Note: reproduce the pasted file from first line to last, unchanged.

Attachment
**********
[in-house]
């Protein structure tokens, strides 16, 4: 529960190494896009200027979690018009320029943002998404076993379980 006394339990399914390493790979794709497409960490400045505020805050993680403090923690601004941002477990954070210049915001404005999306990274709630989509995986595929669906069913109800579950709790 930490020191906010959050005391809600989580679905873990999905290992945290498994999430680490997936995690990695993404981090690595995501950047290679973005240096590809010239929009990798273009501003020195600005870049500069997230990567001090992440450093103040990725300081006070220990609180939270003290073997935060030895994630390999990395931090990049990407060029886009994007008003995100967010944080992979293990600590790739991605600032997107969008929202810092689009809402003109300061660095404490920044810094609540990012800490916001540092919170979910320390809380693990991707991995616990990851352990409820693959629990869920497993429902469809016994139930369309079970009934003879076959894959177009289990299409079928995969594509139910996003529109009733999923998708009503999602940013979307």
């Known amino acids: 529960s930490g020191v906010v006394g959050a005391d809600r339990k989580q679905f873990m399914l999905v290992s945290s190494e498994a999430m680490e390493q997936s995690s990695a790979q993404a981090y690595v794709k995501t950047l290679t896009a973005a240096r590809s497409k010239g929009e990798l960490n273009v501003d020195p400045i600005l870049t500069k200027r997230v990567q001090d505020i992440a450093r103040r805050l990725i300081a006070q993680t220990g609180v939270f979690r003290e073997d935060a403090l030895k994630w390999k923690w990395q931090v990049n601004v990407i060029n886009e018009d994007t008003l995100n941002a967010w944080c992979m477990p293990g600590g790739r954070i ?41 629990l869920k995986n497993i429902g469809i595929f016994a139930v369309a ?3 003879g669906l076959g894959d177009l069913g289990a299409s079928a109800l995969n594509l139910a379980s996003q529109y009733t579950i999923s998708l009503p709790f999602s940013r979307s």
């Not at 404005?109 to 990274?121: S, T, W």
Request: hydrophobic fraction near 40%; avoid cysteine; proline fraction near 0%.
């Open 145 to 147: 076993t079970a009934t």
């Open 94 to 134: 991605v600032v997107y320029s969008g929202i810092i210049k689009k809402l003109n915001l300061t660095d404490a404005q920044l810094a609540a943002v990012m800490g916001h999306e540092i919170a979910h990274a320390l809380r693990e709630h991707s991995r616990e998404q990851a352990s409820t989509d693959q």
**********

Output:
[in-house]
């Protein structure tokens, strides 16, 4: 529960190494896009200027979690018009320029943002998404076993379980 006394339990399914390493790979794709497409960490400045505020805050993680403090923690601004941002477990954070210049915001404005999306990274709630989509995986595929669906069913109800579950709790 930490020191906010959050005391809600989580679905873990999905290992945290498994999430680490997936995690990695993404981090690595995501950047290679973005240096590809010239929009990798273009501003020195600005870049500069997230990567001090992440450093103040990725300081006070220990609180939270003290073997935060030895994630390999990395931090990049990407060029886009994007008003995100967010944080992979293990600590790739991605600032997107969008929202810092689009809402003109300061660095404490920044810094609540990012800490916001540092919170979910320390809380693990991707991995616990990851352990409820693959629990869920497993429902469809016994139930369309079970009934003879076959894959177009289990299409079928995969594509139910996003529109009733999923998708009503999602940013979307």
């Known amino acids: 529960s930490g020191v906010v006394g959050a005391d809600r339990k989580q679905f873990m399914l999905v290992s945290s190494e498994a999430m680490e390493q997936s995690s990695a790979q993404a981090y690595v794709k995501t950047l290679t896009a973005a240096r590809s497409k010239g929009e990798l960490n273009v501003d020195p400045i600005l870049t500069k200027r997230v990567q001090d505020i992440a450093r103040r805050l990725i300081a006070q993680t220990g609180v939270f979690r003290e073997d935060a403090l030895k994630w390999k923690w990395q931090v990049n601004v990407i060029n886009e018009d994007t008003l995100n941002a967010w944080c992979m477990p293990g600590g790739r954070i ?41 629990l869920k995986n497993i429902g469809i595929f016994a139930v369309a ?3 003879g669906l076959g894959d177009l069913g289990a299409s079928a109800l995969n594509l139910a379980s996003q529109y009733t579950i999923s998708l009503p709790f999602s940013r979307s």
């Not at 404005?109 to 990274?121: S, T, W």
Request: hydrophobic fraction near 40%; avoid cysteine; proline fraction near 0%.
């Open 145 to 147: 076993t079970a009934t």
């Open 94 to 134: 991605v600032v997107y320029s969008g929202i810092i210049k689009k809402l003109n915001l300061t660095d404490a404005q920044l810094a609540a943002v990012m800490g916001h999306e540092i919170a979910h990274a320390l809380r693990e709630h991707s991995r616990e998404q990851a352990s409820t989509d693959q």